The Institute supports the Administration’s legislative proposal to permit portability among different types of retirement plans. Such legislation would enable individuals to bring retirement savings with them when they change jobs, consolidate accounts, and more readily manage retirement assets. However, the Administration’s portability proposal should be expanded to permit rollovers of 457 plan amounts to 401(k) plans and 403(b) arrangements and vice versa.
In addition, the Institute believes that portability legislation should be administratively feasible. Therefore, the Institute does not support the Administration’s proposal to require IRA trustees and custodians to track and report the basis related to after-tax rollovers. Currently, IRA trustees and custodians do not verify or track the tax nature of an IRA contribution; this proposal would impose new and burdensome administrative requirements on IRA trustees and custodians with respect to IRA contributions. A specific methodology and tax form already is being used to track basis in IRA accounts, and could be easily adopted for this purpose. Thus, there is no need to create a wholly new reporting and accounting regime.
With respect to its proposal regarding rollovers of IRAs to qualified plans and 403(b) arrangements, the Administration would limit eligibility to those individuals who have a traditional IRA and whose IRA contributions have all been deductible. The Institute recommends expansion of this eligibility provision to permit taxpayers who have made non-deductible IRA contributions to roll over IRA amounts to qualified plans or 403(b) arrangements. Specifically, Congress should permit the rollover of all pre-tax IRA amounts, including deductible contributions and earnings, to plans regardless of whether a taxpayer has ever made a non-deductible contribution to an IRA. The Institute supports similar IRA rollover proposals contained in H.R. 739, the "Retirement Account Portability Act of 1999," which was introduced by Representative Pomeroy (D-ND), and H.R. 1102, the "Comprehensive Retirement Security and Pension Reform Act of 1999," which was introduced by Representative Portman (R-OH) and Representative Cardin (D-MD).
Small Employer Retirement Plan Coverage
Retirement plan coverage is a matter of serious public concern. Coverage rates remain especially low among small employers. Less than one-half of employers with 25 to 100 employees sponsor retirement plans. The percentage is even lower in the case of employers with fewer than 25 employees. The enactment5 of legislation creating SIMPLE plans was a major first step toward improving coverage, but more remains to be done.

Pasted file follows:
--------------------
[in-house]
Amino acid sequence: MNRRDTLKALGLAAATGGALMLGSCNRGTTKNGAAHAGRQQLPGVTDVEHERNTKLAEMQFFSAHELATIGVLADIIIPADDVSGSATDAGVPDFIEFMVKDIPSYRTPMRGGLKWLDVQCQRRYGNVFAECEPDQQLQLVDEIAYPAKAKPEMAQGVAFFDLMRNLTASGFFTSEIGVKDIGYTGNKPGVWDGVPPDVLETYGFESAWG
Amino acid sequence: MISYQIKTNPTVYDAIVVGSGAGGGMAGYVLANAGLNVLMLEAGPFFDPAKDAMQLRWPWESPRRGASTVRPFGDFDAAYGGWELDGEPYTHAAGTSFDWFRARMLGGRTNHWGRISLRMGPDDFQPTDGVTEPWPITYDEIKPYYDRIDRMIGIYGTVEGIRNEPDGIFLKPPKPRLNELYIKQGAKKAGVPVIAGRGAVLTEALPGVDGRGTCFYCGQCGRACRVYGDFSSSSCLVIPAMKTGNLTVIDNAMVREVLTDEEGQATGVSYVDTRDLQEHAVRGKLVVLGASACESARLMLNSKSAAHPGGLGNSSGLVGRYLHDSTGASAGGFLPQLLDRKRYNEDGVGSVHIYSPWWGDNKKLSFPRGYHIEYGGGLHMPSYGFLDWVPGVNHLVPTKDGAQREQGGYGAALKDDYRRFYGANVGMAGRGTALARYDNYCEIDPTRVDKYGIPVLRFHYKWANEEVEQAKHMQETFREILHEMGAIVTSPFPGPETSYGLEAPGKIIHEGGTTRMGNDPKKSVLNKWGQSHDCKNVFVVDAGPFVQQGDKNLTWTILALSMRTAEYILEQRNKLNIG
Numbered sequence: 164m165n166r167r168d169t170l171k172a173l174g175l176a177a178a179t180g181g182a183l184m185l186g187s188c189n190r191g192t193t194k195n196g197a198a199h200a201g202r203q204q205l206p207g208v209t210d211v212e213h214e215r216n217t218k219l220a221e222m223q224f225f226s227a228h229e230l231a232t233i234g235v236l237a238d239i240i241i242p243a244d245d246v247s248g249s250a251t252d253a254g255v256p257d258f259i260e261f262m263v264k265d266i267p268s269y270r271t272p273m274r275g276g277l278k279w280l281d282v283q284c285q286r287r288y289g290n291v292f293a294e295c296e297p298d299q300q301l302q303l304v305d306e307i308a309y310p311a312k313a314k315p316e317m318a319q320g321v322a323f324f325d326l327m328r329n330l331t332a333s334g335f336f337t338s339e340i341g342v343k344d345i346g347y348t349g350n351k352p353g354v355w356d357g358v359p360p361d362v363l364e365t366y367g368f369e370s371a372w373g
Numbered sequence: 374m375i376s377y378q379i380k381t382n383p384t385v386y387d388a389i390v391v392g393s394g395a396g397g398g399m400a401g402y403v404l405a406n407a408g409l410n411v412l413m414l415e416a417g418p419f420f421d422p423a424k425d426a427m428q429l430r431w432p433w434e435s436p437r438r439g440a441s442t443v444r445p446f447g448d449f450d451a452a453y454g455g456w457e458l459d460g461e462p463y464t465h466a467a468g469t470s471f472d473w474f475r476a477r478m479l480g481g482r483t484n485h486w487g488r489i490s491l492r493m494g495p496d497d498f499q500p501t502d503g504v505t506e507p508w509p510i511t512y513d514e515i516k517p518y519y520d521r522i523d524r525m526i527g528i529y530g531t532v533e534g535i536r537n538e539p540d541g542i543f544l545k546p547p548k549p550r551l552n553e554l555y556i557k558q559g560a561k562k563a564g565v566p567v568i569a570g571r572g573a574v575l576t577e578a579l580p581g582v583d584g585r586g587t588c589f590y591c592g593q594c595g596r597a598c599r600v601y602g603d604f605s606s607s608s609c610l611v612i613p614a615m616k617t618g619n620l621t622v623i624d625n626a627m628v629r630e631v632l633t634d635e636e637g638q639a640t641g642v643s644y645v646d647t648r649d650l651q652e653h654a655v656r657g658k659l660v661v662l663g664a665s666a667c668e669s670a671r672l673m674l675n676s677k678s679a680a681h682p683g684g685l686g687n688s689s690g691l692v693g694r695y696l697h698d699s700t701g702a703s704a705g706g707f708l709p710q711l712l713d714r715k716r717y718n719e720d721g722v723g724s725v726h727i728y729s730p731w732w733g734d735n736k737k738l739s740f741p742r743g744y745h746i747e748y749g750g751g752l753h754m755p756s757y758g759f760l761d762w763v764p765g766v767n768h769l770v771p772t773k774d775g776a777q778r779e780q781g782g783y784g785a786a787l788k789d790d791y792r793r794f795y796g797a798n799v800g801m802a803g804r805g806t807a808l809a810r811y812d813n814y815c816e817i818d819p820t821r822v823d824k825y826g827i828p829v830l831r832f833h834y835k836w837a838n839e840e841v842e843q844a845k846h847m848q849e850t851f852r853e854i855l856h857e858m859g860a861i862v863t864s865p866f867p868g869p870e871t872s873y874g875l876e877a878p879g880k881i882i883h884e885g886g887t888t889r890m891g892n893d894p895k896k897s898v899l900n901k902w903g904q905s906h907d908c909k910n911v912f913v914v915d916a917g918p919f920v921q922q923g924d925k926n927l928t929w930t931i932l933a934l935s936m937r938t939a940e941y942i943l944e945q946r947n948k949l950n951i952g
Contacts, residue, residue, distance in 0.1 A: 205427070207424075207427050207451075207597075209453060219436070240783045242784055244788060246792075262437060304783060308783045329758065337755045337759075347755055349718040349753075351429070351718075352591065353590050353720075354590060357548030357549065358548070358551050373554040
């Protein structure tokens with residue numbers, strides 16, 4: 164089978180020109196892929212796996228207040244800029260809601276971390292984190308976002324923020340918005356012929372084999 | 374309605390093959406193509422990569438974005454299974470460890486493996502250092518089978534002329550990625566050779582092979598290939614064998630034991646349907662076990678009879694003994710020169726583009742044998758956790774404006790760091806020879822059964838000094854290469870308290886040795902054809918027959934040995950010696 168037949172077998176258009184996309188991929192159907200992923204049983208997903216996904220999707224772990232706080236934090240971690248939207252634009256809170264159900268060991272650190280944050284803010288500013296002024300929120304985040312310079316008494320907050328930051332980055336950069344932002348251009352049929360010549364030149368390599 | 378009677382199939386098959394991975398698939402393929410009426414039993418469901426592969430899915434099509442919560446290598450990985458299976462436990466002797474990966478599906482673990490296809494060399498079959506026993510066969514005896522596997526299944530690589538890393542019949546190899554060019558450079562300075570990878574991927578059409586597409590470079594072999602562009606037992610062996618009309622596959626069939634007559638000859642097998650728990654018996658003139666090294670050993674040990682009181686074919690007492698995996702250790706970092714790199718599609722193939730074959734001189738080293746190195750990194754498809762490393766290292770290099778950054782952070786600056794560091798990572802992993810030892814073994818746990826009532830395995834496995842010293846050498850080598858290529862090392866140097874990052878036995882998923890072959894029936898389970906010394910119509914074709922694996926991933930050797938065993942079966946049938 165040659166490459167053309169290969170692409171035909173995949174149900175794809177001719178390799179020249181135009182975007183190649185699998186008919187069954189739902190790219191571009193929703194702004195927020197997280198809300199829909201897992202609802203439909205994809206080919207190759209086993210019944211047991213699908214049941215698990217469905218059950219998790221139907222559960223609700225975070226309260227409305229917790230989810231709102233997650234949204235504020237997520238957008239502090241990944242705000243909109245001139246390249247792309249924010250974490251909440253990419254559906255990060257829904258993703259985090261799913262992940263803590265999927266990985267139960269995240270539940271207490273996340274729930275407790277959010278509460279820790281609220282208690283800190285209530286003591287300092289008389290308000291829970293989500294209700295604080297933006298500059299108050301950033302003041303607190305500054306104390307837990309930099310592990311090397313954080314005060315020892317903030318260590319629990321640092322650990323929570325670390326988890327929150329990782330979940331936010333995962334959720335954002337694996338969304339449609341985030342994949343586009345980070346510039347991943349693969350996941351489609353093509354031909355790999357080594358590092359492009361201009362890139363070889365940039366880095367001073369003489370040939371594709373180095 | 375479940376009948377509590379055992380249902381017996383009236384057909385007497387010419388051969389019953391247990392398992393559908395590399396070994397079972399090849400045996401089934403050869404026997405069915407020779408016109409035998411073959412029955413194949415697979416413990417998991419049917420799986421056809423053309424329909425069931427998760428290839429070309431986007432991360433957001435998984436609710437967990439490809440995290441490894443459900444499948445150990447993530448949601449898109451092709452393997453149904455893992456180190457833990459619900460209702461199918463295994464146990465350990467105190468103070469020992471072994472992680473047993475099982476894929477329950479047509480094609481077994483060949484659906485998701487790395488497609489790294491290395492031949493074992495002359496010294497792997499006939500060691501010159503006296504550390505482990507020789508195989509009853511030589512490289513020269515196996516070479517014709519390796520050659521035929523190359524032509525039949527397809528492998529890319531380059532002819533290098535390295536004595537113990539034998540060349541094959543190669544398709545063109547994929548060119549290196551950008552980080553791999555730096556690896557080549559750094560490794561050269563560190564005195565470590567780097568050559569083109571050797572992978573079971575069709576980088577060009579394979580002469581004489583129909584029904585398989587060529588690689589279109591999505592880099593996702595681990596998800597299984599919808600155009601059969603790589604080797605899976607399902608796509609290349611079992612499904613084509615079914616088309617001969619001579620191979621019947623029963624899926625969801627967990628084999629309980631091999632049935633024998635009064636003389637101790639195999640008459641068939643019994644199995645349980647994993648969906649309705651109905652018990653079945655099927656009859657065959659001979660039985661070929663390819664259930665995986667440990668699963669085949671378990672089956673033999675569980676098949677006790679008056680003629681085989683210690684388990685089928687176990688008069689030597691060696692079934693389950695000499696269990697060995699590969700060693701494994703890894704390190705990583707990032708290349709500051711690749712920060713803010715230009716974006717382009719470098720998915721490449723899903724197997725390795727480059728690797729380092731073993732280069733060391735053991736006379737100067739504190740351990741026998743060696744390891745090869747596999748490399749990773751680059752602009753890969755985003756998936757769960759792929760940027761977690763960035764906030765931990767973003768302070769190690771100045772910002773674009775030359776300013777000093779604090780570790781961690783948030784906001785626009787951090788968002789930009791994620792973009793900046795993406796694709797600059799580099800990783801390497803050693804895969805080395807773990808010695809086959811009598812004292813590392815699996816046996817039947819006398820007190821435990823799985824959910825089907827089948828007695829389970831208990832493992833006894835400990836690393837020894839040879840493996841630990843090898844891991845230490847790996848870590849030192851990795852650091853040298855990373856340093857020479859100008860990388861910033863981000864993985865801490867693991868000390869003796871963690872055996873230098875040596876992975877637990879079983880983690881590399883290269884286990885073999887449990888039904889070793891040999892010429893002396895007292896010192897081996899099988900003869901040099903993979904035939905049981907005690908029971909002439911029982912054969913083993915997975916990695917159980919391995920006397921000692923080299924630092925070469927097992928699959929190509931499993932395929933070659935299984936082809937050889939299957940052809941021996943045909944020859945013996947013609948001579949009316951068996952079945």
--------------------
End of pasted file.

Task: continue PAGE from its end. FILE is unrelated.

Congress should (1) improve the SIMPLE plan program for small employers by raising the salary deferral limitation, (2) lower the cost of the plan establishment and administration, especially for small employers, by eliminating or modifying regulations, such as the "top-heavy" rule, and providing a tax credit for small employers establishing plans for the first time, and (3) assure that new small employer plan initiatives provide effective incentives for plan establishment and do not undermine currently successful programs.
Raise the SIMPLE Plan Deferral Limitation.
In 1996, Congress created the successful SIMPLE program. The SIMPLE is a simplified defined contribution plan available to employers with fewer than 100 employees. An informal Institute survey of its largest members found that as of March 31, 1998, approximately 63,000 SIMPLE IRA plans had been established by these firms, representing an increase of 47% during the first three months of 1998. Further, the Institute found that approximately 343,000 SIMPLE IRA accounts had been established as of March 31, 1998, representing an increase of approximately 61% from year-end 1997 figures. Most significantly, the informal survey demonstrated that virtually all (98%) of SIMPLE plan formation is among the smallest of employers—those with fewer than 25 employees. Indeed, employers with 10 or fewer employees represented about 90% of these plans. Thus, for the first time, significant numbers of small employers are able to offer and maintain retirement plans for their employees. We believe the SIMPLE plan works because it is, as its name states, simple. It is easy to implement and easy to understand and places little administrative burden on small employers.